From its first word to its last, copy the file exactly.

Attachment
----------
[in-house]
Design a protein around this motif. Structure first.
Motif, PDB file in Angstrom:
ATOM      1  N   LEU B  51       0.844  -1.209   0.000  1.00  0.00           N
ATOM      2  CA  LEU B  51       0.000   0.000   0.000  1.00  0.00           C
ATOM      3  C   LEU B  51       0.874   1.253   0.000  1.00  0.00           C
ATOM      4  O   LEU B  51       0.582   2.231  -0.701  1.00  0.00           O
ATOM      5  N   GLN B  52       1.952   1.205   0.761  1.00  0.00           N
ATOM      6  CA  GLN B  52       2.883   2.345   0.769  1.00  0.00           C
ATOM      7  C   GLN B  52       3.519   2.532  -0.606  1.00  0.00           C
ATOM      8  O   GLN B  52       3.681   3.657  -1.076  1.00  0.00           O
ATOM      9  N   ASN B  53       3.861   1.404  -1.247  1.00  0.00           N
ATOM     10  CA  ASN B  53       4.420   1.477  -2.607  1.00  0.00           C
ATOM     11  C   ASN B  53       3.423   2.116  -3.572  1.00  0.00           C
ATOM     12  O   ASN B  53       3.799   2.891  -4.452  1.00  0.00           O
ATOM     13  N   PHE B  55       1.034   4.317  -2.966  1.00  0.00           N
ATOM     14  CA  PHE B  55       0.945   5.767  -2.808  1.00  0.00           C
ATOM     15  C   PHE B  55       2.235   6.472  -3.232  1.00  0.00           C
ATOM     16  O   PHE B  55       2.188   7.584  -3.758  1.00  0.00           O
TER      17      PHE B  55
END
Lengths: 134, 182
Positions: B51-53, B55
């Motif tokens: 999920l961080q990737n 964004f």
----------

[in-house]
Design a protein around this motif. Structure first.
Motif, PDB file in Angstrom:
ATOM      1  N   LEU B  51       0.844  -1.209   0.000  1.00  0.00           N
ATOM      2  CA  LEU B  51       0.000   0.000   0.000  1.00  0.00           C
ATOM      3  C   LEU B  51       0.874   1.253   0.000  1.00  0.00           C
ATOM      4  O   LEU B  51       0.582   2.231  -0.701  1.00  0.00           O
ATOM      5  N   GLN B  52       1.952   1.205   0.761  1.00  0.00           N
ATOM      6  CA  GLN B  52       2.883   2.345   0.769  1.00  0.00           C
ATOM      7  C   GLN B  52       3.519   2.532  -0.606  1.00  0.00           C
ATOM      8  O   GLN B  52       3.681   3.657  -1.076  1.00  0.00           O
ATOM      9  N   ASN B  53       3.861   1.404  -1.247  1.00  0.00           N
ATOM     10  CA  ASN B  53       4.420   1.477  -2.607  1.00  0.00           C
ATOM     11  C   ASN B  53       3.423   2.116  -3.572  1.00  0.00           C
ATOM     12  O   ASN B  53       3.799   2.891  -4.452  1.00  0.00           O
ATOM     13  N   PHE B  55       1.034   4.317  -2.966  1.00  0.00           N
ATOM     14  CA  PHE B  55       0.945   5.767  -2.808  1.00  0.00           C
ATOM     15  C   PHE B  55       2.235   6.472  -3.232  1.00  0.00           C
ATOM     16  O   PHE B  55       2.188   7.584  -3.758  1.00  0.00           O
TER      17      PHE B  55
END
Lengths: 134, 182
Positions: B51-53, B55
């Motif tokens: 999920l961080q990737n 964004f």